The final nail in the innovation coffin was when the big publishers lost their price-fixing case—as they absolutely should have, because they were totally guilty. Since the settlement expired and publishers were free to set ebook pricing again in 2015, prices have skyrocketed—yesterday I saw a perfectly ordinary Penguin Random House ebook selling for $19.99 on the Kindle store—and ebook purchases as a percentage of book sales have flattened. Surprise! So now the narrative has become that “consumers don’t really like ebooks after all!” when it’s probably fairer to say that “consumers expect boring ebooks to at least be cheap,” and now they’re both boring and expensive.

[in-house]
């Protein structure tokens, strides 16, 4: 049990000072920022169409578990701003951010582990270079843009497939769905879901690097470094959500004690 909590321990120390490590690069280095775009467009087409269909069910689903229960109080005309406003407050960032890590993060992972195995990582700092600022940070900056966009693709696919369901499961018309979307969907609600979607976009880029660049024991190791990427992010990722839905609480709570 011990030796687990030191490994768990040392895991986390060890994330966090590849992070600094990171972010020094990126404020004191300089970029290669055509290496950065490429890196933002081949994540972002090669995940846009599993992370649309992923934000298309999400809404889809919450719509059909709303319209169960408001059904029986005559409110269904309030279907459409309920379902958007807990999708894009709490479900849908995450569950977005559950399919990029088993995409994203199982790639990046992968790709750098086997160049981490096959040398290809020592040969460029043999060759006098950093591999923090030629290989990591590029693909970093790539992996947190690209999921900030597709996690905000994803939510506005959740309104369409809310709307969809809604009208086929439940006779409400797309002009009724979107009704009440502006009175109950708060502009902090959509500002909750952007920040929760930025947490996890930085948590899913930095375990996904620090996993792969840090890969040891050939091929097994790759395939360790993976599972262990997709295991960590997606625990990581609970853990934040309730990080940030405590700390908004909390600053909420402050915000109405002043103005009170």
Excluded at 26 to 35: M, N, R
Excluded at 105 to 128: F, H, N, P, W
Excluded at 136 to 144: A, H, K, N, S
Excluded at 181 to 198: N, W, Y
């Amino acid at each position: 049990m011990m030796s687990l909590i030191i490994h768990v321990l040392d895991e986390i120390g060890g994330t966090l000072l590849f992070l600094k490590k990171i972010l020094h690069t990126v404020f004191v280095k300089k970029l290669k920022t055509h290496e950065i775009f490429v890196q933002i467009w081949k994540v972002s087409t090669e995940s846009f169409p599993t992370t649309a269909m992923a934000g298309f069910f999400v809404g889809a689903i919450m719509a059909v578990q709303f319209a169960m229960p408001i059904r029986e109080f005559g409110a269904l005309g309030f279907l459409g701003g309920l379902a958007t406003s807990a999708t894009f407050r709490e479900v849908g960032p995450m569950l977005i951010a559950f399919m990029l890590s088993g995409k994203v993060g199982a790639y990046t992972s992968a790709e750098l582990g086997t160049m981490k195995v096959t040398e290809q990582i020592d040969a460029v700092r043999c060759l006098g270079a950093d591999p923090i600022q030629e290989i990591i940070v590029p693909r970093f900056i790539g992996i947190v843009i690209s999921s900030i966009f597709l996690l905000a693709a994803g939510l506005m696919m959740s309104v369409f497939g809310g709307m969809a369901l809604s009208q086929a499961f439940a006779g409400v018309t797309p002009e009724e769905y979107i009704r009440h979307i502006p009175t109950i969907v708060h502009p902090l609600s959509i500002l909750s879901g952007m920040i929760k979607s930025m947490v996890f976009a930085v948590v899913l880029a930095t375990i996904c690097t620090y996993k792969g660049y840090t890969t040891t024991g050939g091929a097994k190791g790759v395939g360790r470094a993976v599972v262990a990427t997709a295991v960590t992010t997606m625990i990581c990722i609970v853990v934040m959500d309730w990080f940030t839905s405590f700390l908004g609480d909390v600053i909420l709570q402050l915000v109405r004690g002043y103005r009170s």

TL;DR there was neither the supply nor the demand for interactive stories back at the dawn of the modern ebook era, nor did any big players on the publishing or distribution side step up to create the niche. 

(I’ve been surprised that Amazon hasn’t filled the gap; they have never supported EPUB directly due to a bizarre vendetta, and unlike most publishers, they have a direct relationship both with self-published authors and consumers, so they could just make up their own interactive standard and some authors would try it. Similarly, Wattpad, who’s done a great job of reaching an underserved community of young writers, and who controls both a reading experience and an audience. I could totally imagine them supporting Twine, for example.)

Fascinating—thanks for the long history, and for the interview!